As wildfires begin to erupt across the Oregon landscape and Salem lawmakers rush to pass critical legislation in the dying days of the 2021 session, this year’s big bill aimed at fighting against wildfires and freeing up nearly $ 200 million in funding for new programs is seeing more backlash than Democrats who control both chambers previously thought.
Senate Bill 762 would establish more than a dozen new programs to mitigate wildfires, strengthen recovery, help communities manage smoke conditions, and implement building code changes of the State for the development of structures in high risk areas of the Wildland-Urban interface (WUI). It would order the state to prepare comprehensive forest fire hazard maps that would be used to help implement changes to the law and state building codes by prioritizing certain communities. and areas most likely to be affected.
This is the follow-up bill to the work completed almost two years ago by Governor Kate Brown’s Council on Forest Fires, which submitted recommendations to amend state law and implement new agendas lawmakers are expected to pass into a bill in the 2020 short session. Republican walkouts on climate legislation killed this bill.
Now lawmakers are looking to enact much of those same provisions in SB 762 with a few extras.
But during a committee hearing on the bill on Monday morning, Republican House and Senate leaders called the bill “terrible,” saying the definitions in the legislation regarding the type of property constituting the The interface between wilderness and urban areas is too broad, and the implementation of defensible spatial measures goes too far in restricting the way people in rural Oregon develop their homes and properties.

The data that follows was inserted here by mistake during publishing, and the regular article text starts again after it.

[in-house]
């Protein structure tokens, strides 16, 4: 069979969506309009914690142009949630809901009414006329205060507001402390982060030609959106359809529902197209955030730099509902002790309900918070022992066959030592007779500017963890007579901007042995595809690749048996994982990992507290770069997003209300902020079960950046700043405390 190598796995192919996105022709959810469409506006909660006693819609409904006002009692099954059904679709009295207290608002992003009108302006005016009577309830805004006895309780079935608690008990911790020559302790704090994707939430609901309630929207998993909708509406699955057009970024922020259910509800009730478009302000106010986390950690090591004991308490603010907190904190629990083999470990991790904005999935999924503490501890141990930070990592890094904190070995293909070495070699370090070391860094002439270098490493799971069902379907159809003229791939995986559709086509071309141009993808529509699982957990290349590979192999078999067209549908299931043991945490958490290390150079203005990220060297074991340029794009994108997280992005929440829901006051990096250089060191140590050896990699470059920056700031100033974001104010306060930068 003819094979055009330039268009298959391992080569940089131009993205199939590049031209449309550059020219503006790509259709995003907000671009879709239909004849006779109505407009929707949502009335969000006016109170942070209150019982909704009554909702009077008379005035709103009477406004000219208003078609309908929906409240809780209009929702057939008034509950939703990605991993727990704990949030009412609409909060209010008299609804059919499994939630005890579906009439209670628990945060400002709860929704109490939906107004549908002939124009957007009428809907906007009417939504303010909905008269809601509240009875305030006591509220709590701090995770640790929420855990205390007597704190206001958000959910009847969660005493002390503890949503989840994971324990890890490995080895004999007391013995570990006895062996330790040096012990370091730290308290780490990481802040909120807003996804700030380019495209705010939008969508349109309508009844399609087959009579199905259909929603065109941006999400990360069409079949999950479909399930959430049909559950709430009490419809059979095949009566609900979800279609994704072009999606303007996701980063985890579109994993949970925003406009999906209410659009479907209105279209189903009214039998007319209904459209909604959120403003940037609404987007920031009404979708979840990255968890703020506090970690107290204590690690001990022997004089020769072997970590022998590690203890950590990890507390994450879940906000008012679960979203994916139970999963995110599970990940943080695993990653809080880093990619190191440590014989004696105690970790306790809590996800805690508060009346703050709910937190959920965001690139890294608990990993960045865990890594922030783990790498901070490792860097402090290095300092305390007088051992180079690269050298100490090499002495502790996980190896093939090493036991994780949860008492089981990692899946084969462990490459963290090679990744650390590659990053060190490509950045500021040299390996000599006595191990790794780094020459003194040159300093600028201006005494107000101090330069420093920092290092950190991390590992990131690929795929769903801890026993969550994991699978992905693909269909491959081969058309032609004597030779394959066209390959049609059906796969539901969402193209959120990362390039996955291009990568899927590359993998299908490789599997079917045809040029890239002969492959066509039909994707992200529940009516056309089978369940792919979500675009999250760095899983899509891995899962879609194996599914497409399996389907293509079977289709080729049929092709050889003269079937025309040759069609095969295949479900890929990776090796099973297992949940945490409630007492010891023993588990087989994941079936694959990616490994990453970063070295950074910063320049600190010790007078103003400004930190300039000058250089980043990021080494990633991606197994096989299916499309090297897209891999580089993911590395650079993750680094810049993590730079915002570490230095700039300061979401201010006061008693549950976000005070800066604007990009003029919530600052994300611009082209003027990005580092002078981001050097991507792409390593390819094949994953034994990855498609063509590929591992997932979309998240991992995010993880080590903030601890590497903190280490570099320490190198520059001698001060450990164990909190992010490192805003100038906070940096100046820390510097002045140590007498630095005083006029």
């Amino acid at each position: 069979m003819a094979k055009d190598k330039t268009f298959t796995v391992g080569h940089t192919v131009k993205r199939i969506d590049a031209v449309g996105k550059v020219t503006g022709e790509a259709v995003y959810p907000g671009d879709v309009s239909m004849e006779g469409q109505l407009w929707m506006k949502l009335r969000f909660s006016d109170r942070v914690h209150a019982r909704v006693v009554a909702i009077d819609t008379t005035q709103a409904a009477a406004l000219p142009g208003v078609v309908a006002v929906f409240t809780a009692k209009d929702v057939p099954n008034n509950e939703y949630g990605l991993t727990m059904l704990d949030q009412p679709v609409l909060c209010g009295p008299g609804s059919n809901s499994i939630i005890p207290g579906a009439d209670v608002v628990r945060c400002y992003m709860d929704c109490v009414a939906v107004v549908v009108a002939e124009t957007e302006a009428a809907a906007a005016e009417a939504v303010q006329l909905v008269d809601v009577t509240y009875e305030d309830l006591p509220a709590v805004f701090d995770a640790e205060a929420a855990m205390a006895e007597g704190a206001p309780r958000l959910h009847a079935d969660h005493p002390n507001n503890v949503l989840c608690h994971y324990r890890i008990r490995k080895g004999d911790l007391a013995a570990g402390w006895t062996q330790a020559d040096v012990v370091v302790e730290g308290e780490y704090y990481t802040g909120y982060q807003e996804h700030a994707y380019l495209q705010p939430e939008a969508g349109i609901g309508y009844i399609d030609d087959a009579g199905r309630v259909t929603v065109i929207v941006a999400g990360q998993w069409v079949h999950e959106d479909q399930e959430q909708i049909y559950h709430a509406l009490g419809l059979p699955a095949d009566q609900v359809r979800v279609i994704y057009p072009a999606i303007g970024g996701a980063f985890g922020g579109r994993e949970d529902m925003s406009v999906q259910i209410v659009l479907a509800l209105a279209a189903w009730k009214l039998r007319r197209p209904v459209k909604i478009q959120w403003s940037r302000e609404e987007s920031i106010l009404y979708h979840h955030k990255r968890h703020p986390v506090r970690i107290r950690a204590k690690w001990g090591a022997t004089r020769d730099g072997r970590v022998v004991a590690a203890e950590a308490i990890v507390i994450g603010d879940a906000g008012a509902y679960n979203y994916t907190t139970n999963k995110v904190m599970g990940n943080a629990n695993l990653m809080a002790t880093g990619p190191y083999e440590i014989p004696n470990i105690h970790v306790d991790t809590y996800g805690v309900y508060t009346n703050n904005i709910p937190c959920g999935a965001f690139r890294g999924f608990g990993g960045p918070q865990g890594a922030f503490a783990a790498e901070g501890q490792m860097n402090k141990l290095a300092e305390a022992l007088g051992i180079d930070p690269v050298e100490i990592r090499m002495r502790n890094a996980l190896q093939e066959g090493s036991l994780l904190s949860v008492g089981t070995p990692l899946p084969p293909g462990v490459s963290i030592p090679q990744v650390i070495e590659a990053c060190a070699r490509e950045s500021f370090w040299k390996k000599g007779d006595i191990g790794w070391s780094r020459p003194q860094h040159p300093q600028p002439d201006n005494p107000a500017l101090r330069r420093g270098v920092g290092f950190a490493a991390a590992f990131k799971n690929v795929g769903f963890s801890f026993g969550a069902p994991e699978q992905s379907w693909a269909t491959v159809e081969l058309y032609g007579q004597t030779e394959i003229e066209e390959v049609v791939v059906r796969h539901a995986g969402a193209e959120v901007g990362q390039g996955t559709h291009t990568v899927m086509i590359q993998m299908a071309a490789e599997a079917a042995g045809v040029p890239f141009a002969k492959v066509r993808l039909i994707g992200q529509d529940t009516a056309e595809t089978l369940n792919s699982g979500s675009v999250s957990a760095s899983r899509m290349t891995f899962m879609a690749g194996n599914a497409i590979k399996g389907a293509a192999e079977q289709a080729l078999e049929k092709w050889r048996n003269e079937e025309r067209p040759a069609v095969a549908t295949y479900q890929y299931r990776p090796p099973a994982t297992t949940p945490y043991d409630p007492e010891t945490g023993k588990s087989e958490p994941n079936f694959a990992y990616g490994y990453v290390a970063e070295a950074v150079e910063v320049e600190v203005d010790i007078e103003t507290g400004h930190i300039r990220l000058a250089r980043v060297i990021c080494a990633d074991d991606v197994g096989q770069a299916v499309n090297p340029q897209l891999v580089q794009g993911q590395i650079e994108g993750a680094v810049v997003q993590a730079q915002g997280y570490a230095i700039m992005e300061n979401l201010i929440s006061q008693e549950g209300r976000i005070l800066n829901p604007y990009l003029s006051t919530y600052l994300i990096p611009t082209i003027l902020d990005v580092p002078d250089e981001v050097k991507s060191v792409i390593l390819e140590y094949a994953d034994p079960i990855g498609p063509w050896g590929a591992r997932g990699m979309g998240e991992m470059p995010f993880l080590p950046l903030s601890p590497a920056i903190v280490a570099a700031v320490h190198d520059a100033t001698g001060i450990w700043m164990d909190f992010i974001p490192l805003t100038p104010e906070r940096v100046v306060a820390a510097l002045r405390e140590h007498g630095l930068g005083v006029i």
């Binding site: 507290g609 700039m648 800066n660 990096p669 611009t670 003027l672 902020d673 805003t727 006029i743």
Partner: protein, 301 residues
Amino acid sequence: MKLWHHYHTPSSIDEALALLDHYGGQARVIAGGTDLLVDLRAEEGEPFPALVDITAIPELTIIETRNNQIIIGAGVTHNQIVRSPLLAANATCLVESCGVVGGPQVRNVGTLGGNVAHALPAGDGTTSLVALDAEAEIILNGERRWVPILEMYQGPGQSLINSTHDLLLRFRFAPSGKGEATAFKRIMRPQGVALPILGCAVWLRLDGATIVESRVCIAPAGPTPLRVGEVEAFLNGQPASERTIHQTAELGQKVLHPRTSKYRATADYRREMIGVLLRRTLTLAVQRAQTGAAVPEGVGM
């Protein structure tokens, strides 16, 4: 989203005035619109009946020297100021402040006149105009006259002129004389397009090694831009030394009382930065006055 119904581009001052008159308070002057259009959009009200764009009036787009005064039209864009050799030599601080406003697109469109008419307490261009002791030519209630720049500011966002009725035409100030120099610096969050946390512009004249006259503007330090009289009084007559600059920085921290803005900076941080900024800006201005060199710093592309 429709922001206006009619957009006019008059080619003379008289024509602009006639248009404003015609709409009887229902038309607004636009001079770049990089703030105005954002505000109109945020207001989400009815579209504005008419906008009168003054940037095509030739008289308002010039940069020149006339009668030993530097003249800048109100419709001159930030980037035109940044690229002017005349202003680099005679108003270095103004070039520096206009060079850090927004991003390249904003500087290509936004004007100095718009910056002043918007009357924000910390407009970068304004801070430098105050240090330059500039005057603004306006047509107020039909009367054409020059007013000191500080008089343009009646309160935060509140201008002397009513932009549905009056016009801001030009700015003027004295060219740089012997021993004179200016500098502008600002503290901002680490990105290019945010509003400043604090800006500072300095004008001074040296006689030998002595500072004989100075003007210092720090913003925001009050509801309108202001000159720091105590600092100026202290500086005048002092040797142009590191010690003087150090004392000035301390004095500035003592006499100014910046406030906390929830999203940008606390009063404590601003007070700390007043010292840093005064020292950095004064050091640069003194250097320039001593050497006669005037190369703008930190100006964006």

Senatorial Minority Leader Fred Girod R-Stayton said he was concerned that changes to the Oregon building code could create additional expenses for people looking to develop properties in wooded areas. He points to the large number of households in his district encompassing Santiam Canyon, many of whom are still rebuilding their homes following widespread damage from the Beachie Creek Labor Day 2020 fire.
According to Girod, less than 25% of households in his district who applied for a permit to rebuild their homes after the 2020 fires were given the green light, and passing SB 762 would only add more paperwork to the process.
“This bill, I would call it the worst bill of the session. I think most of the support will come from people who live in urban centers, ”Girod said. “Every obstacle known to God and to man is put before these people so that they cannot rebuild, and it will be another. “
House Minority Leader Christine Drazan R-Canby said her problems with SB 762 stemmed from concerns about the process.
“I recognize that people tell me that (this bill) has been in the works for years – it was not a public process,” Drazan said. “I don’t know who was in the room for that, but these were not elected officials who sit here today and who have the opportunity to vote on this measure.”
Drazan told her colleagues there are some good elements to the bill and some “very disturbing” elements, but her biggest problem is with what she feels like a lack of public participation.
“A public hearing during this session in a part of this body, then a fully drafted bill before us today that lacks substantial contributions, is not the right place to start,” she said. declared.
Opposition to the bill came as news to Democrats who worked on the bill and negotiated with Republicans in a bid to garner bipartisan support.
Senator Jeff Golden, D-Ashland, led the charge on SB 762 for Democrats in the Senate this session. He has been a strong advocate for providing new solutions and adequate funding for state agencies to begin the work outlined in the Governor’s Council recommendations on wildfires.